At first, I remember being angry at my Aunt's beliefs. How could she be so na´ve? I thought that she was blaming my family when it was really she who would feel embarrassed by her own child. Then, I realized that if my Aunt really did believe these thoughts, her decision was for the best. She could never love a mentally disabled child as much as her other "healthy" children. She could not fulfill the extra needs and special care that that disabled child may have. My Aunt would set a poor example to her other children about how to regard individuals with mental disabilities. If this child would be a burden on her family, then it was best for the mental health of everyone (particularly the unborn child) for the baby never to be born at all.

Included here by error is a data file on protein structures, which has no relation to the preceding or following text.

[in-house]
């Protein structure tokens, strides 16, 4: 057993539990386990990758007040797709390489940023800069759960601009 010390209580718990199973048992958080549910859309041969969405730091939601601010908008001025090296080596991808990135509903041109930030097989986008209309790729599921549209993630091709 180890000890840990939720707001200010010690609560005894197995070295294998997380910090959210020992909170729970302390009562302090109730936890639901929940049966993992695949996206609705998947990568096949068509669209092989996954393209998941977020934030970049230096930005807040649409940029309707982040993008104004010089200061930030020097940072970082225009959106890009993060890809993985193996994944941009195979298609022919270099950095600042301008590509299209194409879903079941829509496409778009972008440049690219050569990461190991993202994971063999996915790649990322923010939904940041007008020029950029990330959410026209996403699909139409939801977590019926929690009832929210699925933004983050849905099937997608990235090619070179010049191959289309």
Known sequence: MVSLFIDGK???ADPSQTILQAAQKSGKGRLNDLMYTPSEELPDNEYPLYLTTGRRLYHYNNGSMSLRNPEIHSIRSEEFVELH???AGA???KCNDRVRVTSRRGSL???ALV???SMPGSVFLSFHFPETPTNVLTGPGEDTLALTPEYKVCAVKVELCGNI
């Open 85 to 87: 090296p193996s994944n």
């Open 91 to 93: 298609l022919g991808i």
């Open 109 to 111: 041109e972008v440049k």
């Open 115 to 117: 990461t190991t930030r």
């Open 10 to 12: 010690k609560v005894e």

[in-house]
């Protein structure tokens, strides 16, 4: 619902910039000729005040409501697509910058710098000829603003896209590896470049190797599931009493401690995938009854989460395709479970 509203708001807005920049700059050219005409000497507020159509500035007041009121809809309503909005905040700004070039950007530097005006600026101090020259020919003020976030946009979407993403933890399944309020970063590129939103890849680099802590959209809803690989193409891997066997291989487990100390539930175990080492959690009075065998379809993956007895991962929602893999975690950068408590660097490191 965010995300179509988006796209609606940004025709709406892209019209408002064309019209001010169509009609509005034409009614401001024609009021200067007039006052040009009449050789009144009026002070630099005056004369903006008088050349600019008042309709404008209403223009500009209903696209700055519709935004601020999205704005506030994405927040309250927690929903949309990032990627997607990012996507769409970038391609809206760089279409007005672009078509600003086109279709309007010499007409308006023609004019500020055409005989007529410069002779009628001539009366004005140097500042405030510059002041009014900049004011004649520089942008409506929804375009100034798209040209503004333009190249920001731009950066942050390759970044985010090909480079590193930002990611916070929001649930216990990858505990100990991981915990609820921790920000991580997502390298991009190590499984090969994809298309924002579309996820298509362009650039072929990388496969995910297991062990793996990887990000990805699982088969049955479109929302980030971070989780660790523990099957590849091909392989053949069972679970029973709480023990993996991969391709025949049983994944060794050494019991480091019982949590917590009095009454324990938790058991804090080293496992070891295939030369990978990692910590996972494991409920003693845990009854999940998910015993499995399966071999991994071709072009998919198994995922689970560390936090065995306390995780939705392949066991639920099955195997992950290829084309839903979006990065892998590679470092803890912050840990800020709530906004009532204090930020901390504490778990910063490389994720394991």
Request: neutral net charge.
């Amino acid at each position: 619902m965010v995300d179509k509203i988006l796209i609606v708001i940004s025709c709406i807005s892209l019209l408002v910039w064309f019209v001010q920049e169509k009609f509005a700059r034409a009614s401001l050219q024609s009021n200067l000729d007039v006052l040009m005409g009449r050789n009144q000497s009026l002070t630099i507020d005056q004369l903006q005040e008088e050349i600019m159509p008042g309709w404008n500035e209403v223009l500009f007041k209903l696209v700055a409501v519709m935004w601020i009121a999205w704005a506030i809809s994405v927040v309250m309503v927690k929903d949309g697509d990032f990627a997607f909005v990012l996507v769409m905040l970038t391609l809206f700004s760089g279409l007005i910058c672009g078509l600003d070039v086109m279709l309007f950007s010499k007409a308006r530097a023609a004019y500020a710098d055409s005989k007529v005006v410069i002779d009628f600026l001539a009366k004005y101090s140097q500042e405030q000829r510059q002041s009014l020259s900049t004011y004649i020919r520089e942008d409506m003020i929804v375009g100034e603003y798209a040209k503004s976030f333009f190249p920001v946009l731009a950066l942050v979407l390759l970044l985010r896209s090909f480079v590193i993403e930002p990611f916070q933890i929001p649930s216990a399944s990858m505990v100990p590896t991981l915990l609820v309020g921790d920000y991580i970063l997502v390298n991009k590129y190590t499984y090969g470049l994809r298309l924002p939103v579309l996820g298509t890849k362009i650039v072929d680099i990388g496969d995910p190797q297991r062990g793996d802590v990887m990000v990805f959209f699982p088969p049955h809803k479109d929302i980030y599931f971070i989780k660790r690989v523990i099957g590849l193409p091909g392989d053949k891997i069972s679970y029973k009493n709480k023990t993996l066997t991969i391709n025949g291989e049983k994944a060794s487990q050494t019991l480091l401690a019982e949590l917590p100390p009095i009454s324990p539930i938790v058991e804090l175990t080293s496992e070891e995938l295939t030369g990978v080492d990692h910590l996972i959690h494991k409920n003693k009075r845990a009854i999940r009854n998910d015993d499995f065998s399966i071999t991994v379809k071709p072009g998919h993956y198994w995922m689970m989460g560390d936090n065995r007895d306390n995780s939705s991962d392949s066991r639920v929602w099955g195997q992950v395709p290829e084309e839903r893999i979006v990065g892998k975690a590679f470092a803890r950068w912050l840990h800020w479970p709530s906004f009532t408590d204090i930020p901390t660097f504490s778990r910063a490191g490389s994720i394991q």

In this case, my Aunt had the choice of deciding whether she would allow a disabled child to affect the dynamic of her family. In many of the cases at the Ronald McDonald House, families are not given the opportunity to make such a choice. For example, I met a family who was involved in a car accident six months ago. The parents suffered no major injuries, but their three-year-old daughter sustained severe brain trauma. The daughter can neither walk nor speak, and she can only eat soft foods and liquids. When I look at this little girl, I begin to picture my three-year-old nephew. He runs in the yard, climbs over all the house furniture, he is so curious about life, and he can certainly be described as a little chatterbox. It is said that girls develop faster than boys do, so I can only imagine the phrases that this girl once spoke, the beautiful songs she would sing, the games she would play, the pictures she used to draw.